Is Thibaut Courtois back?
Background image: Elemaki, CC BY-SA 2.5
For the longest time following his move from Stamford Bridge, Thibaut Courtois subjected himself to mockery. Chelsea fans revelled in the 'karma' endured by their 'ungrateful' custodian. Madridistas treated him like an unwanted guest. The Belgian was resolute with the Blues regarding his wish to move to Real Madrid to be with his partner and child. Forcing himself on a Merengues' squad that both liked and trusted Keylor Navas made for a rough transition.
The Costa Rican backstopped Los Blancos to three Champions League titles, all the while silently enduring rumours about the impending arrival of David De Gea, Gigi Donnarumma and other top keepers. A goalkeeper must communicate effectively with his defenders. Sergio Ramos, Raphael Varane and the rest weren't all that eager to listen to the new man. While €35 million isn't nearly the money Chelsea spent on his replacement, Kepa Arrizabalaga, or Liverpool on Alisson Becker, Real Madrid weren't in the mood to write off the investment. Thus, the club forced the rearguard to listen by sending Navas to Paris Saint-Germain.
While Madrid's galacticos have long been known as the most powerful dressing room in the game and a challenge for managers to control, they remain professionals. With the line drawn and the message delivered that Courtois was the number one, like it or not, they began to focus as a unit again. Whether or not the group are friends off the pitch, they are teammates on it. Courtois is respected and, with everyone on the same page, his confidence restored. Zinedine Zidane is often noted for his loyalty to Karim Benzema. The Costa Rican's transfer revealed the ruthless side of his man-management.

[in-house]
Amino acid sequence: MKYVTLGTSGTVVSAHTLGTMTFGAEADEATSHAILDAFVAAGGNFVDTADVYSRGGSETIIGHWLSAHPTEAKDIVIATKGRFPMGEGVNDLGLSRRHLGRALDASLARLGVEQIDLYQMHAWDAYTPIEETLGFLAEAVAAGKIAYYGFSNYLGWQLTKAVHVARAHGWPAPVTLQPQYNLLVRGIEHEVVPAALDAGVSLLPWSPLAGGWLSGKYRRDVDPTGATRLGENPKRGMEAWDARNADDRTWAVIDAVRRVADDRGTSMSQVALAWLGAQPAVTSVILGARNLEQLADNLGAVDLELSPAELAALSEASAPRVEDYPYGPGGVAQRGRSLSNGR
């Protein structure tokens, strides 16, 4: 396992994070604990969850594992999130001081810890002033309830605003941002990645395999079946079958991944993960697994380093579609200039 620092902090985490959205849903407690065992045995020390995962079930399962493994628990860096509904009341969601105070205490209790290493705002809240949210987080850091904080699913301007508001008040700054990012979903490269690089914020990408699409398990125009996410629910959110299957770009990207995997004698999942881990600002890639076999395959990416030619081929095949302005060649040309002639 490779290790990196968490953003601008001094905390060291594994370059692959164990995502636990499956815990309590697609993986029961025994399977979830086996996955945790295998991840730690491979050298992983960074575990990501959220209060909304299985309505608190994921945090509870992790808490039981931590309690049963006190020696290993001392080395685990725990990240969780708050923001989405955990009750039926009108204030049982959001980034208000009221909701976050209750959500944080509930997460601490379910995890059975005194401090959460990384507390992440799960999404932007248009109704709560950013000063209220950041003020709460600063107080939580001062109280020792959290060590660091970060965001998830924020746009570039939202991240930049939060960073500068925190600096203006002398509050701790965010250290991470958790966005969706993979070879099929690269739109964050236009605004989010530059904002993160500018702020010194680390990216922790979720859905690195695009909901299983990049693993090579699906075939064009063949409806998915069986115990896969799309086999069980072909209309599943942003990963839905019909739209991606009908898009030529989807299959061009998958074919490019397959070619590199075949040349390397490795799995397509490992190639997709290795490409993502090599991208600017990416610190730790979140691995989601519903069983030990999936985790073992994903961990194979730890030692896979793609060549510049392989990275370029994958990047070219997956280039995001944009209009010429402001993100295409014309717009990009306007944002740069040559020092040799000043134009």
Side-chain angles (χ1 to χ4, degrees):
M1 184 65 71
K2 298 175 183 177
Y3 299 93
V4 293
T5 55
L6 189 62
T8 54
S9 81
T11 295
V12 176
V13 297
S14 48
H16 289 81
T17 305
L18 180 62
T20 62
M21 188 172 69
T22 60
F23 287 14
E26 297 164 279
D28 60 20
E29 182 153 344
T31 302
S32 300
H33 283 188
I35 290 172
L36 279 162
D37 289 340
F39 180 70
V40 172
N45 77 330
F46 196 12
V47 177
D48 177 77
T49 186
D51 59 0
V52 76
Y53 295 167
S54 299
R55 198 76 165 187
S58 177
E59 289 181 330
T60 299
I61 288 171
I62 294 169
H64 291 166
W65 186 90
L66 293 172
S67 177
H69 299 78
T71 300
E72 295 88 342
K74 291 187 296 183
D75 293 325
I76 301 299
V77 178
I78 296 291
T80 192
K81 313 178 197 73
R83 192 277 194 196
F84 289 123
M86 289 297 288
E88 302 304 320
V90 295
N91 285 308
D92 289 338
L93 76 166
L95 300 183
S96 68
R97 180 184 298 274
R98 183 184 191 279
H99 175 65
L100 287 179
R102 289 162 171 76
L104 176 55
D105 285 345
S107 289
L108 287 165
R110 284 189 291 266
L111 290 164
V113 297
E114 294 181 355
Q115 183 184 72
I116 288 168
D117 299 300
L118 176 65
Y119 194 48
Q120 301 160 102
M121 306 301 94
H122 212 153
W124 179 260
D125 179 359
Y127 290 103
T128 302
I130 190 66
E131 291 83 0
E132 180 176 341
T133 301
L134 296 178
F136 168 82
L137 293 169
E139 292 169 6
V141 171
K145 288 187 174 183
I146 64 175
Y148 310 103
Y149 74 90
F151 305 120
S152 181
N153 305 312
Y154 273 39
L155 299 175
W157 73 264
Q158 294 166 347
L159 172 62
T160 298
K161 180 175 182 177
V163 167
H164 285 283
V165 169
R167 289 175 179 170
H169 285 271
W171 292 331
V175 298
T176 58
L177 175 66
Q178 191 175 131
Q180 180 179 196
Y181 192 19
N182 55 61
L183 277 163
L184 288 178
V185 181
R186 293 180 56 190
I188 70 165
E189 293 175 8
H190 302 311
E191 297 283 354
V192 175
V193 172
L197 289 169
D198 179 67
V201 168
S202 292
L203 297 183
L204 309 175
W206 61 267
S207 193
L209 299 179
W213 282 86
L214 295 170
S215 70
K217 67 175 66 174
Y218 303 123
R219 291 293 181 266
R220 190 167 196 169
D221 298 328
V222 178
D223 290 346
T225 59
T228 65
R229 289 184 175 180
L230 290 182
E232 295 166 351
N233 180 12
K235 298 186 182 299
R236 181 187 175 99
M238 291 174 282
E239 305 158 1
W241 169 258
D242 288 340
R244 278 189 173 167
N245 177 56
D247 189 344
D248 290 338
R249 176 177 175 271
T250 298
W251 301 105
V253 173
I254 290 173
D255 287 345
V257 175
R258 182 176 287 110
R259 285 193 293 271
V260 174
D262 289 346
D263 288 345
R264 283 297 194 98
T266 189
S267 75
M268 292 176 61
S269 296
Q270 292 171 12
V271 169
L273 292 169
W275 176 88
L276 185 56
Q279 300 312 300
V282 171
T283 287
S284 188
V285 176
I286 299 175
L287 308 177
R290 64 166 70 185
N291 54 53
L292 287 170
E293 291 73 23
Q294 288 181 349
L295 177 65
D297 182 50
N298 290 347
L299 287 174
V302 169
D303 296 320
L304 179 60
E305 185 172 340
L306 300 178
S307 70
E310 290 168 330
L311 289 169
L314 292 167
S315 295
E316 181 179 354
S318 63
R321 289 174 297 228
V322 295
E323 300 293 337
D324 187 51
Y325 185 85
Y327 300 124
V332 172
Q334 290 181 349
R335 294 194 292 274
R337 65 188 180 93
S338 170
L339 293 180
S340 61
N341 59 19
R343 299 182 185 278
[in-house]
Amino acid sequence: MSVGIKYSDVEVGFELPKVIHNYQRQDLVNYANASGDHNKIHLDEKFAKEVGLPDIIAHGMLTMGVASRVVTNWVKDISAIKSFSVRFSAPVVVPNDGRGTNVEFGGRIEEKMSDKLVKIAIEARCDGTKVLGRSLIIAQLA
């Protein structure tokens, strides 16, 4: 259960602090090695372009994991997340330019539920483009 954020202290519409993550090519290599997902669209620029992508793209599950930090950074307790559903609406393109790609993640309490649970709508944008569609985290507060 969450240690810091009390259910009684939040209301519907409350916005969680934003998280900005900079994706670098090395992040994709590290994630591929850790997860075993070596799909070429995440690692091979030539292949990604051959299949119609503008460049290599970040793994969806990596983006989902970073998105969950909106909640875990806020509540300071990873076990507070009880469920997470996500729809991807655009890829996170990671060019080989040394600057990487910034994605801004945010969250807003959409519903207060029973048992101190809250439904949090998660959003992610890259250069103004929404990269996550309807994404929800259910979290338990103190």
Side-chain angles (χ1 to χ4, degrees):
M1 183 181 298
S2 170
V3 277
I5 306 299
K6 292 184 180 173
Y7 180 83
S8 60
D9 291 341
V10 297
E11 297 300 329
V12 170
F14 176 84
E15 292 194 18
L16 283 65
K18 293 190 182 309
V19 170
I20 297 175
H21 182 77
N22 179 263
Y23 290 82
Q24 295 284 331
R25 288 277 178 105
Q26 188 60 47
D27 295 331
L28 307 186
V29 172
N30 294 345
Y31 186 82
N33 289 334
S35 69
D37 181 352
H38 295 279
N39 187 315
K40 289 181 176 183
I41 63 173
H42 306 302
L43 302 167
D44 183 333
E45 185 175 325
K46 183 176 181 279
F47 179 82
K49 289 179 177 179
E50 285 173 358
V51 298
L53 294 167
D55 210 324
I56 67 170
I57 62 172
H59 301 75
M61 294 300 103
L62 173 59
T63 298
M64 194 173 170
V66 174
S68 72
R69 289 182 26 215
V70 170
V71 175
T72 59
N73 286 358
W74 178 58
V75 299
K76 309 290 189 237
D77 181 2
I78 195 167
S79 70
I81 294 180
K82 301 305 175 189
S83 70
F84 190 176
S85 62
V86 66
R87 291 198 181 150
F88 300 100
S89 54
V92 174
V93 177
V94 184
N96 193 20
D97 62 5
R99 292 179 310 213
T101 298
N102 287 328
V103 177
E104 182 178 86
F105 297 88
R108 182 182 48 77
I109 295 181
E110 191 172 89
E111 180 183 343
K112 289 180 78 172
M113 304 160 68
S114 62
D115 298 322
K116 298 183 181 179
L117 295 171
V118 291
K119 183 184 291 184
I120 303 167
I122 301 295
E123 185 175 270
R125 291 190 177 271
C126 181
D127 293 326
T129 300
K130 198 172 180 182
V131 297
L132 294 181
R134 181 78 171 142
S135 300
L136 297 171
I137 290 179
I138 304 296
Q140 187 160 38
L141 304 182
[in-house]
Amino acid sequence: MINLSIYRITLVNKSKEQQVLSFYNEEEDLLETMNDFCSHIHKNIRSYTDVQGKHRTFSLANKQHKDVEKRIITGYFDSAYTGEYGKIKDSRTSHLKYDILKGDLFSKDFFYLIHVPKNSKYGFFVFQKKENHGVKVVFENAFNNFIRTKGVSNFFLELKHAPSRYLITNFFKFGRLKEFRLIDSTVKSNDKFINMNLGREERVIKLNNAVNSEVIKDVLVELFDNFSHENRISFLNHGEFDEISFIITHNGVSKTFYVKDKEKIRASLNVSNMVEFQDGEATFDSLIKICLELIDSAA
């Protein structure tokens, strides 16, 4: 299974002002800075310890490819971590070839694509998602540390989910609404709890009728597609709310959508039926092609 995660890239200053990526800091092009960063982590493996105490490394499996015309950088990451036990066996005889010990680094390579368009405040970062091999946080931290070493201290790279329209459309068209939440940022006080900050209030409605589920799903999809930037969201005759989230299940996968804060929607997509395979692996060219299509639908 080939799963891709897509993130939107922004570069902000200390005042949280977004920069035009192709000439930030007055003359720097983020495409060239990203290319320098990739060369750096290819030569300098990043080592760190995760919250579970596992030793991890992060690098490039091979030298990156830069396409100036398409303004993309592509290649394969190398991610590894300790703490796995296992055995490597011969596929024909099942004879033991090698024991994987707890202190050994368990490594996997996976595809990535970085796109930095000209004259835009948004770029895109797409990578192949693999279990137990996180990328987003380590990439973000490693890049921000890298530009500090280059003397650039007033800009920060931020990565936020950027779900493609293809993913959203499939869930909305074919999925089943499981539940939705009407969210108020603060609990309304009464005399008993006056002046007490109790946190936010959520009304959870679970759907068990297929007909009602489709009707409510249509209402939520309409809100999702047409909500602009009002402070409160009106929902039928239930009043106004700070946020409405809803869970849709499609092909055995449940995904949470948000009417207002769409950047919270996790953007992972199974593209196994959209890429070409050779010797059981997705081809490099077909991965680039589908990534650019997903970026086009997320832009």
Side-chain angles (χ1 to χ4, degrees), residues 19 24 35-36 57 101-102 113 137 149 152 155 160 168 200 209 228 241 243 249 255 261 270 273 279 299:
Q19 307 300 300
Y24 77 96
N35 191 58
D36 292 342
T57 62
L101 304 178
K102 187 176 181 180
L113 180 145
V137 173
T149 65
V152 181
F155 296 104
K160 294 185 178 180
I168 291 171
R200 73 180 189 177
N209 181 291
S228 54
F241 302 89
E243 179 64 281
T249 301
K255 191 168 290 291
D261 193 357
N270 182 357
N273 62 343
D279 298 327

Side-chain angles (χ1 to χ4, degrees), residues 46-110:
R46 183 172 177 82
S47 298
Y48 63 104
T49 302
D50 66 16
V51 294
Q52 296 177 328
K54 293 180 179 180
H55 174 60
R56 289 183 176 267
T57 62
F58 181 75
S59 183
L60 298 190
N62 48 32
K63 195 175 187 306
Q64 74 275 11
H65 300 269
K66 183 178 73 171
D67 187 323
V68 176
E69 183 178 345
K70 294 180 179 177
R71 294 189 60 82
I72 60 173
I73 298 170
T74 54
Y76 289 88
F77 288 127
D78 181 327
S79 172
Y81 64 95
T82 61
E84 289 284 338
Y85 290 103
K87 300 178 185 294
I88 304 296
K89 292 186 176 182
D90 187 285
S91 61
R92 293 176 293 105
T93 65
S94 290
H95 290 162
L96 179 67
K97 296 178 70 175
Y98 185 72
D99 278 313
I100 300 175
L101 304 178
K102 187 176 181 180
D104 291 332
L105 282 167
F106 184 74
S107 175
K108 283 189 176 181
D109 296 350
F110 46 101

What's more, the cold-blooded act paid off. At the halfway point in the campaign, the Merengues are level with Barcelona on 40 points thanks to La Liga's joint-best defence conceding only a dozen goals in 19 matches. Courtois claims nine clean-sheets in 16 league games, perhaps the most important being the goalless Clasico at the Nou Camp.
With Casemiro, Sergio Ramos and Varane protecting him, it's not like the Belgian must make a dozen saves every time out, but he remains alert to the cause whenever required. Averaging just over two stops per game [WhoScored], Courtois keeps his head in the game. Despite long spells during which he can catch up on his reading, he pulls off clutch saves to deny opponents scoring against the run of play. When the defence is pressured, he’s there to relieve it.
While the spectacular stops make the highlight reels, his distribution allows the side to transition into attack seamlessly. The 6'6 keeper's vision and quick thinking launched more than one effective counterattack in the season's first half. His height was even more critical against Valencia when he joined play in the final third to head down a corner for Karim Benzema's equaliser at the death.
In a game where he was forced into repeated saves before assisting the goal, it’s fair to say Courtois was key to Real stealing a point. If the last 19 games of the campaign play out anything like the first, a single point could be the difference in winning or losing the title. Last season, Courtois cost Los Blancos several points. Now, he’s paying back the debt.
As noted, the season is far from over. As well as La Liga, there is much at stake. The Champions League resumes in February. Zidane has never lost the competition but everyone questions his ability to maintain his streak with a squad in transition. To do so, the team must maintain their consistency as the pressure mounts. As the last line of defence, all eyes will be on Thibaut Courtois. Can he handle the pressure? Is he still good enough to deliver against the best? Current form says yes. Recent history raises doubt. Only time holds the answer.